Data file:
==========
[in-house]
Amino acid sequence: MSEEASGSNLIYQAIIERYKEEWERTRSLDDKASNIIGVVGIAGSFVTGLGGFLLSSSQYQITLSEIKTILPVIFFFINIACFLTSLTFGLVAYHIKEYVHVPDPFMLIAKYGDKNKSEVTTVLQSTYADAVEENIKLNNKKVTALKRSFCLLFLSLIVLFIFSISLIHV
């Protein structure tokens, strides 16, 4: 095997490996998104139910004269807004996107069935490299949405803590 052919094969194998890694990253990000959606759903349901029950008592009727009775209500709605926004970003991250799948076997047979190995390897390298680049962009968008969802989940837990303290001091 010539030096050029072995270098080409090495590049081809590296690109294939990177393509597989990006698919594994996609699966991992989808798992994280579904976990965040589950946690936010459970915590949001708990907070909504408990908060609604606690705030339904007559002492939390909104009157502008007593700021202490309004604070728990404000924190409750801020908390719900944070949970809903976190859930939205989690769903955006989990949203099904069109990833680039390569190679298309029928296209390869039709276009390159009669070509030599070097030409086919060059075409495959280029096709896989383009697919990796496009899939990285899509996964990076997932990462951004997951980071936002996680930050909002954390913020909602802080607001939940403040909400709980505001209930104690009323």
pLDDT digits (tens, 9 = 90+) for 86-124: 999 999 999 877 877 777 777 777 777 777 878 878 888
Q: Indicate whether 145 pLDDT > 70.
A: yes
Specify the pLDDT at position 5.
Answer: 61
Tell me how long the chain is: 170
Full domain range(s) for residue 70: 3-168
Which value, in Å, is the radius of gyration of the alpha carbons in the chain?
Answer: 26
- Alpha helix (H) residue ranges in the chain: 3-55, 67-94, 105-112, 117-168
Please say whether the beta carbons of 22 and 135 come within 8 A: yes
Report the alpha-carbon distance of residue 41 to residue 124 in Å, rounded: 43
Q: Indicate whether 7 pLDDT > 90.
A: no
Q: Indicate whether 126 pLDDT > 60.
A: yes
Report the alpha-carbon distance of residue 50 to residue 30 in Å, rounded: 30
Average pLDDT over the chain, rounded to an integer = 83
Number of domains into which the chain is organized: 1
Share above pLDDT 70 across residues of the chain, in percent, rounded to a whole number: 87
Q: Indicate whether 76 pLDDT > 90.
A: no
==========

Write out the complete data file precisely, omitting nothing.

[in-house]
Amino acid sequence: MSEEASGSNLIYQAIIERYKEEWERTRSLDDKASNIIGVVGIAGSFVTGLGGFLLSSSQYQITLSEIKTILPVIFFFINIACFLTSLTFGLVAYHIKEYVHVPDPFMLIAKYGDKNKSEVTTVLQSTYADAVEENIKLNNKKVTALKRSFCLLFLSLIVLFIFSISLIHV
């Protein structure tokens, strides 16, 4: 095997490996998104139910004269807004996107069935490299949405803590 052919094969194998890694990253990000959606759903349901029950008592009727009775209500709605926004970003991250799948076997047979190995390897390298680049962009968008969802989940837990303290001091 010539030096050029072995270098080409090495590049081809590296690109294939990177393509597989990006698919594994996609699966991992989808798992994280579904976990965040589950946690936010459970915590949001708990907070909504408990908060609604606690705030339904007559002492939390909104009157502008007593700021202490309004604070728990404000924190409750801020908390719900944070949970809903976190859930939205989690769903955006989990949203099904069109990833680039390569190679298309029928296209390869039709276009390159009669070509030599070097030409086919060059075409495959280029096709896989383009697919990796496009899939990285899509996964990076997932990462951004997951980071936002996680930050909002954390913020909602802080607001939940403040909400709980505001209930104690009323």
pLDDT digits (tens, 9 = 90+) for 86-124: 999 999 999 877 877 777 777 777 777 777 878 878 888
Q: Indicate whether 145 pLDDT > 70.
A: yes
Specify the pLDDT at position 5.
Answer: 61
Tell me how long the chain is: 170
Full domain range(s) for residue 70: 3-168
Which value, in Å, is the radius of gyration of the alpha carbons in the chain?
Answer: 26
- Alpha helix (H) residue ranges in the chain: 3-55, 67-94, 105-112, 117-168
Please say whether the beta carbons of 22 and 135 come within 8 A: yes
Report the alpha-carbon distance of residue 41 to residue 124 in Å, rounded: 43
Q: Indicate whether 7 pLDDT > 90.
A: no
Q: Indicate whether 126 pLDDT > 60.
A: yes
Report the alpha-carbon distance of residue 50 to residue 30 in Å, rounded: 30
Average pLDDT over the chain, rounded to an integer = 83
Number of domains into which the chain is organized: 1
Share above pLDDT 70 across residues of the chain, in percent, rounded to a whole number: 87
Q: Indicate whether 76 pLDDT > 90.
A: no